Addressing the symptoms of addiction with scent

Regardless of the type of addiction, most addictions trigger similar problems in the long run if left untreated. These include issues such as depression, anxiety, insomnia, panic attacks, stress, feeling of hopelessness, restlessness, and digestive issues. An example of aromas which may help with some of these problems include:

  • Ginger (Zingiber officinale): Nausea and digestive issues.
  • Grapefruit (Citrus × paradisi) and black pepper (Piper nigrum): Reduce cravings.
  • Lavender (Lavandula angustifolia): Insomnia and stress.
  • Peppermint (Mentha × piperita): Improves concentration and focus.
  • Clary sage (Salvia sclarea): Helps to manage panic attacks.

Inhaling aromas for scent recovery

For people who don’t like to be touched by anyone, or apply anything to their skin, inhalation of scents is probably the best place to get started in aiding addict recovery. Scent diffusers are commonplace and often used to pump out a “pleasant” aroma in doctors’ waiting areas and perhaps therapists’ offices. However, there are a few problems with this method.

There is no “one size fits all” when it comes to aroma-therapy. As discussed, some scents can trigger negative responses based on people’s memories or associations with it; too much of a particular aroma can end up having the opposite of the intended effect. And some aromas should not be diffused around vulnerable groups such as pregnant women, seniors, babies and children, and those suffering with particular diseases. So, putting a scent in a diffuser and putting it out there for everyone is not the best way to go.

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If you are at home, and have a well-ventilated space, using a diffuser might be an option, if you know which scent to use and how to use it. Otherwise, a personal inhaler (a bit like the old Vicks inhalers) is probably the most discreet and more successful tool to use in recovery.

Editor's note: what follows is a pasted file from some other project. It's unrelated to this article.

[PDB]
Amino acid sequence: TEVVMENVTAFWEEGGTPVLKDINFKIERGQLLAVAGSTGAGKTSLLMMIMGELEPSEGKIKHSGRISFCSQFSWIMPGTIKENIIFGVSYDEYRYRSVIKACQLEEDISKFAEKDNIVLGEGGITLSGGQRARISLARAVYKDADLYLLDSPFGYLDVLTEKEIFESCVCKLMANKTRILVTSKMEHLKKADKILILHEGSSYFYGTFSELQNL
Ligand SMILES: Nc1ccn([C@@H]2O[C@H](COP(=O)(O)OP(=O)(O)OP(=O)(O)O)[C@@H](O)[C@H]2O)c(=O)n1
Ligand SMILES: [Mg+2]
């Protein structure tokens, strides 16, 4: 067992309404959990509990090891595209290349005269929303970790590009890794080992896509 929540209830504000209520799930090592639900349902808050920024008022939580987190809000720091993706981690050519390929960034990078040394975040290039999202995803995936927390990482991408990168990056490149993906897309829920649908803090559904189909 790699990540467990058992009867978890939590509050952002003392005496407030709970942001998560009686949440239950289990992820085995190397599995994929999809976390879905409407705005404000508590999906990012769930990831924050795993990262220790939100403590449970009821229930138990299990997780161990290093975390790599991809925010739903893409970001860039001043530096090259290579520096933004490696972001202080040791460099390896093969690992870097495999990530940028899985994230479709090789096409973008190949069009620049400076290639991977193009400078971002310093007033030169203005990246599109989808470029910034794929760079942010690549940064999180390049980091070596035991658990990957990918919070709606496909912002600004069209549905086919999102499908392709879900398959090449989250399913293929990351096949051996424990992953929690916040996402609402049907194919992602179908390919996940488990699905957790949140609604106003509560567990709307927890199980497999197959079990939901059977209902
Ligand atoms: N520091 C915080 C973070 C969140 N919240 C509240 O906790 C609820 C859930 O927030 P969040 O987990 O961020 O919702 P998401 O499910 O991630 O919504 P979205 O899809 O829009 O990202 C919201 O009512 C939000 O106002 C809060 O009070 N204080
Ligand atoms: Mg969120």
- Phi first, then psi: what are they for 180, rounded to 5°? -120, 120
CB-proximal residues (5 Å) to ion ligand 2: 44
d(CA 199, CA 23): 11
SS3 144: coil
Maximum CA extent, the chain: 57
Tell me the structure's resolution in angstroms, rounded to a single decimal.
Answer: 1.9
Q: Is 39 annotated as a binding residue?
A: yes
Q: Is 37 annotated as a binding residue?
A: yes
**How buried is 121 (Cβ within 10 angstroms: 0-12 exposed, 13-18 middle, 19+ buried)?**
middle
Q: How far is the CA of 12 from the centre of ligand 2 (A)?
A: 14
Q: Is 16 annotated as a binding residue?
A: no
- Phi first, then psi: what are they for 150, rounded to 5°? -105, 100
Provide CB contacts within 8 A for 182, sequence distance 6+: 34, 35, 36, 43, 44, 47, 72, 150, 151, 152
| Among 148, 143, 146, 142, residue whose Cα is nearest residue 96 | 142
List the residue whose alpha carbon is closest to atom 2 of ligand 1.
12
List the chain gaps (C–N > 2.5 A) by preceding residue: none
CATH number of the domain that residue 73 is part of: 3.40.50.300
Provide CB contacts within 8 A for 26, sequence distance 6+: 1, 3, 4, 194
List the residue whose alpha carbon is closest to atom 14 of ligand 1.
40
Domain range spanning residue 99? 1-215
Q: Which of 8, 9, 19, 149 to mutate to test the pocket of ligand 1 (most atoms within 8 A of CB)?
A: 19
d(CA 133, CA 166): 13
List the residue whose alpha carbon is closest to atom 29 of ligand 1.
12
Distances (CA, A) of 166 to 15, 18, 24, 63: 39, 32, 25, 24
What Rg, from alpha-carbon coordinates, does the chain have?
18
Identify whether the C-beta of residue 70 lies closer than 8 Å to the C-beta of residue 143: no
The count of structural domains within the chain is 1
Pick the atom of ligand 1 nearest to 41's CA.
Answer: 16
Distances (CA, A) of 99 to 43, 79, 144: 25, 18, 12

Touch therapy in scent recovery

Some people find comfort in being touched, and if this is you, you might benefit from a combined massage and aromatherapy treatment. Not only do you get to inhale the scent, but it also absorbs through your skin (through the application of a massage oil) and through the touch of a qualified therapist. Studies have shown that the use of massage therapy in the alcoholic’s recovery journey can help with the detoxification process.²

Does scent therapy aid in recovery?

Used correctly, scent can be an important tool in helping recovery.There are several things to consider when thinking about the use of scents in an addict’s recovery program. To summarize, you need to think about:

  • Does the scent trigger any negative memories or emotions?
  • Does the scent promote a positive mood?
  • How much of the scent should you use?
  • Which method should you utilize to take advantage of scent therapy?
  • Will the scent be appropriate to manage the symptoms that you intend to address?

If you are thinking about using scent as part of your own recovery program, or in helping a patient or addict overcome their addiction, it’s important that you work with a qualified aromatherapist or scent therapist, who is working as part of a team of professionals in managing the addict’s overall recovery plan. This might include medical supervision, emotional support, and therapist intervention. Consider the individual’s needs, history, and preferences first and foremost.

Used correctly, scent can be an important tool in helping recovery. You just have to know how, and when, to use it.


  1. Herz RS. The Role of Odor-Evoked Memory in Psychological and Physiological Health. Brain Sci. 2016 Jul 19;6(3):22. doi: 10.3390/brainsci6030022. PMID: 27447673; PMCID: PMC5039451.
  2. Reader M, Young R, Connor JP. Massage therapy improves the management of alcohol withdrawal syndrome. J Altern Complement Med. 2005 Apr;11(2):311-3. doi: 10.1089/acm.2005.11.311. PMID: 15865498.

Sharon Falsetto Chapman is a published author and editor with exceptional experience writing about plants. To connect with her, or visit her website.

Last Updated on September 4, 2023